Real and Imagined.


Mac vs. PC


God is on our Side

I’m currently laid up at home with a bad back. I have CNN on in the background, just for the sound of human voices. I muted it to answer the phone and forgot to turn the volume back on.

Anyway, a moment ago, I looked up and what did I see, but Barack Obama, gesturing as he spoke. And the little CNN “blurb” underneath read “Obama asked if God takes sides in a war.”

Is there any good reason for that question, except to generate pointless controversy? The fact of the matter is, that question exists to make the pro-war crowd feel justified. If Obama says no, then the pro-war crowd can bash him around for saying that God is not with us. If Obama says yes, then he also has to agree that God is on OUR side (anything else would get him accused of being unpatriotic, right?). And if that’s so, then not only is being against the war “unpatriotic,” but it also becomes heresy as well. Better yet: it doesn’t matter how many of our troops get killed or maimed because the war is God’s work.

This is, perhaps, the ultimate in ducking responsibility. It’s not even “The Devil made me do it!” It’s “God wants me to do it!”

I think Bruce Springsteen best summed this up in a rare instance where he discussed the meaning of his songs. Performing before an audience, he sang a line, then explained it. Early in the concert, he performed “Devils and Dust,” with the lyric, “I got God on my side.”

Then paused.

And said, “Doesn’t everybody?”

If there is a God and if He can even be bothered to turn His eye to our small segment of the vast universe on occasion, I can imagine his only reaction to war is NOT “Go, team, go!” But, rather, this:

“You stupid assholes. Why are you killing each other again?”

Stupid Google Tricks

I am easily amused…

  • Go to Google Maps .
  • Click on Get Directions
  • Make New York your starting point and London your ending point.
  • Read the directions. Hilarity ensues.

Like I said — easily amused.


OK, I can think of ten, maybe twelve ways to fake this.

But I don’t care. It looks so. Damn. Cool.

Perfect music choice, too…

Fan Mail

I got fan mail today.

OK, now I hope I don’t sound like I’m tooting my own horn or anything, but I actually get fan mail a lot. (Well, it seems like a lot to me. To some writers, I’m sure it seems like a paucity, but hey — for me it’s a lot!) I almost wrote that today’s fan mail was special, but that sounds like I’m denigrating the rest of my fan mail. Every piece of fan mail is a big deal. For those of you out there who are readers, trust me — you have absolutely no idea how much it can make a writer’s day to get a letter or even just a brief note from a fan. We work in isolation, with only our keyboards, our Internet connections, and our pets to keep us company. We thrive on contact from the outside world.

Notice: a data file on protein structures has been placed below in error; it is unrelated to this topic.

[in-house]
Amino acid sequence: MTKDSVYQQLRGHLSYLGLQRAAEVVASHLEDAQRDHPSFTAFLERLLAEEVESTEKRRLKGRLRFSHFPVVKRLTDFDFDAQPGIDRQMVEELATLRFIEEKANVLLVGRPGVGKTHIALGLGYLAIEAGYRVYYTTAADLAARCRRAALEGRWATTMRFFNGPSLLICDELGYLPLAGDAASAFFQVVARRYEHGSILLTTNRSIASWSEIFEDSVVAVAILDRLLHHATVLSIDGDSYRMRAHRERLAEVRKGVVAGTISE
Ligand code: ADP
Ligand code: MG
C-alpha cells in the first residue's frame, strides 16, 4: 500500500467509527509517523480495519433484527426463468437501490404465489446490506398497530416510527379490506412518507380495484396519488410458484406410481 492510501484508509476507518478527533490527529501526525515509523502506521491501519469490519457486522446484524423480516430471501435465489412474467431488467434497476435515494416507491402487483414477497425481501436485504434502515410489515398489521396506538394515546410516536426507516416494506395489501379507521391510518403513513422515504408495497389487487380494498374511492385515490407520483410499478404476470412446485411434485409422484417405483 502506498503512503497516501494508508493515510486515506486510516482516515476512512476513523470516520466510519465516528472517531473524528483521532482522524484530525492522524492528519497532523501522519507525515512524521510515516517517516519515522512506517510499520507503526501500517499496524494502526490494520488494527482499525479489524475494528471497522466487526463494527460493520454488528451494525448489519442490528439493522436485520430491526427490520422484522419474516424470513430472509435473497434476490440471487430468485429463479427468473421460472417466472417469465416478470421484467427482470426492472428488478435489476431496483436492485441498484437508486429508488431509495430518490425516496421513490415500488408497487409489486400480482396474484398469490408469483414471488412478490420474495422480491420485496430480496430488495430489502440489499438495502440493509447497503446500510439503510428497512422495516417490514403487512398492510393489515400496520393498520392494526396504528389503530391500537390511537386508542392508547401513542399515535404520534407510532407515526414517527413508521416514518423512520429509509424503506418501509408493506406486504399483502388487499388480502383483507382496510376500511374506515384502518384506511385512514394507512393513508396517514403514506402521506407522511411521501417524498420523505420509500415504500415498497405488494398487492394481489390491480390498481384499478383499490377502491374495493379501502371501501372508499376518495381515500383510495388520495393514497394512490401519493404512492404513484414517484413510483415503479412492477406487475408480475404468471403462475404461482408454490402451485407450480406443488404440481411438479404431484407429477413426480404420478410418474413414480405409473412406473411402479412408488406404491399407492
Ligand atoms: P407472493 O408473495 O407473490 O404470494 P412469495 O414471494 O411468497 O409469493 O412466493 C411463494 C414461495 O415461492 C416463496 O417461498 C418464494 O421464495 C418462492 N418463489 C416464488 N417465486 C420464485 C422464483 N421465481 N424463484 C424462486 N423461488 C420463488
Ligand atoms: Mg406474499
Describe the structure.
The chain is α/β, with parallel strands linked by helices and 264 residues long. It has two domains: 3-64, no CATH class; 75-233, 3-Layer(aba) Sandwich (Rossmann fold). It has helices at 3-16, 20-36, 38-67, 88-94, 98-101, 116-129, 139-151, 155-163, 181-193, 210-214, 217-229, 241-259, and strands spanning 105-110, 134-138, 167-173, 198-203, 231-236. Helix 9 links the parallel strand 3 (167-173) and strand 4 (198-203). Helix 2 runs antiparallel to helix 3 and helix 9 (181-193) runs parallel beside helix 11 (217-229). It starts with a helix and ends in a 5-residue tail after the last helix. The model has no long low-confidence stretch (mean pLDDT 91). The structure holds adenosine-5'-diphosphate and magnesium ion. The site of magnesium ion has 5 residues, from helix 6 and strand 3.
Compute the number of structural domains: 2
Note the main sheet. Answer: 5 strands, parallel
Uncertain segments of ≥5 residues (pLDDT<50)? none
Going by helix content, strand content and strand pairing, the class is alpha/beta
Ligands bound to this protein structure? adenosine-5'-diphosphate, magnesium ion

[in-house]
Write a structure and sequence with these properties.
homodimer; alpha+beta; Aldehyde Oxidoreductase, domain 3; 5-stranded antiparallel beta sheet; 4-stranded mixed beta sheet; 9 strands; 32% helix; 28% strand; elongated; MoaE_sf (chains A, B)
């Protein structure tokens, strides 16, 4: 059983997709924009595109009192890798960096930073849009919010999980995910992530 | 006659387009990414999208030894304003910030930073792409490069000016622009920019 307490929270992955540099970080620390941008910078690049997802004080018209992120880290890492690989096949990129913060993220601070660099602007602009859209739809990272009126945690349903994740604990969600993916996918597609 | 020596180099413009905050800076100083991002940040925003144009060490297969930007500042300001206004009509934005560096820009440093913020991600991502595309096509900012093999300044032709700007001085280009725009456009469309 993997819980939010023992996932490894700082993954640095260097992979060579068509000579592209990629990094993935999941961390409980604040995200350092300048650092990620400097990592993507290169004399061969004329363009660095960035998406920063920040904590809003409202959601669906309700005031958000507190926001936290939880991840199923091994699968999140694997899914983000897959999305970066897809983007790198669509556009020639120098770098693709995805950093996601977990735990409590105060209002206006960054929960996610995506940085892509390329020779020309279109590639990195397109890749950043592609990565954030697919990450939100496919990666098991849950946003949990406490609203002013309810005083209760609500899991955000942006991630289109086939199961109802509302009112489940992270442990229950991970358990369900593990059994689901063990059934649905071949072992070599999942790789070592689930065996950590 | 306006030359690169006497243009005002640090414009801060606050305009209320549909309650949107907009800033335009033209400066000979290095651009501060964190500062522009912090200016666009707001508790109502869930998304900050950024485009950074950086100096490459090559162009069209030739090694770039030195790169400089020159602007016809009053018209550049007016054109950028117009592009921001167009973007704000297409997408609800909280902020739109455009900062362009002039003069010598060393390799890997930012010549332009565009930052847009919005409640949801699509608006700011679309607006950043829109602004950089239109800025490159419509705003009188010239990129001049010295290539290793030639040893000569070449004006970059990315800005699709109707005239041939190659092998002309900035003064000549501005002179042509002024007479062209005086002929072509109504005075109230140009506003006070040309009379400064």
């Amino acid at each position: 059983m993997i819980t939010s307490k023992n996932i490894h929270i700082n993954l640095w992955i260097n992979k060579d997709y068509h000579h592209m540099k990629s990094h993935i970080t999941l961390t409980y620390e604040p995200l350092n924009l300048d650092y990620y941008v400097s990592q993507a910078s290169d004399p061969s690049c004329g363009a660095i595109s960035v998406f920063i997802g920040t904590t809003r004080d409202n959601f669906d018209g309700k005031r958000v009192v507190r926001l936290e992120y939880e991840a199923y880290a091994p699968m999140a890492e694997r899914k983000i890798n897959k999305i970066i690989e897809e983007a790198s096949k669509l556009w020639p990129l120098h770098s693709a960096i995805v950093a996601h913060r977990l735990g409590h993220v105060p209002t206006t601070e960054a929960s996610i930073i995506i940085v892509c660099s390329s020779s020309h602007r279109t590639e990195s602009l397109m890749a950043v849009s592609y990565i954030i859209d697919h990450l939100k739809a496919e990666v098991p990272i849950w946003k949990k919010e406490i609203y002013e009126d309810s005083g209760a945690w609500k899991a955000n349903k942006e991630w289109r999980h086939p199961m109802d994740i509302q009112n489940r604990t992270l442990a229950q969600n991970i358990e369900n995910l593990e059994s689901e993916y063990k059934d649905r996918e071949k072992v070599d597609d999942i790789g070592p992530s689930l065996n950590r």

(Um, said thriving, by the way, does not in any way, shape, or form justify the woman who — a few months ago — called me from out of the blue and said, “I’m in your neighborhood today and was wondering if I could stop by to have you sign my book.” Er, how did you get my phone number? And my address? And, oh, right — NO!)*

Where was I? Oh, yeah — contact with the outside world. We love it. Live for it. Keep that fan mail coming.

Today’s fan mail was… Oh, hell, I’ll say it — it was special. Special in a different way from the rest of the fan mail, which is special in and of itself.

See, today’s mail came…in the mail.

As in, via U.S. Postal Service.

As in, actual physical paper with actual physical ink that produced actual physical handwritten words.

This wonderful, wonderful fourteen-year-old girl from New York was so taken with my book that she actually wrote to me. With a pen held in her own hands.

She didn’t pound on a keyboard. Or text me from a phone.

She sat down with that three-hole-punch notebook paper we all remember from school. She filled three sides of it. She folded it up and put it in an envelope and stuck a stamp on there and sent it to my publisher, who dutifully forwarded it to me.

Like I said, I’ve gotten a decent amount of fan mail since The Astonishing Adventures of Fanboy and Goth Girlcame out. And I’ve been thrilled by each and every contact with readers.

But this was just cool. In this Internet-connected world, the time and effort it takes to handwrite a letter and mail it seems almost…superhuman. When was the last time you actually handwrote a letter to someone you didn’t know? Hell, when was the last time you handwrote a letter to someone you do know?

I was really touched by the letter. I’m touched by every instance of contact with my fans.

But this one… Yeah, this one was a little extra-special.

*(Oh, and about that woman who called my house a few months ago? Never fear, dear readers — I arranged to meet her in a public place. She was a perfectly lovely woman who had no idea how much she freaked me out. I happily signed her book.)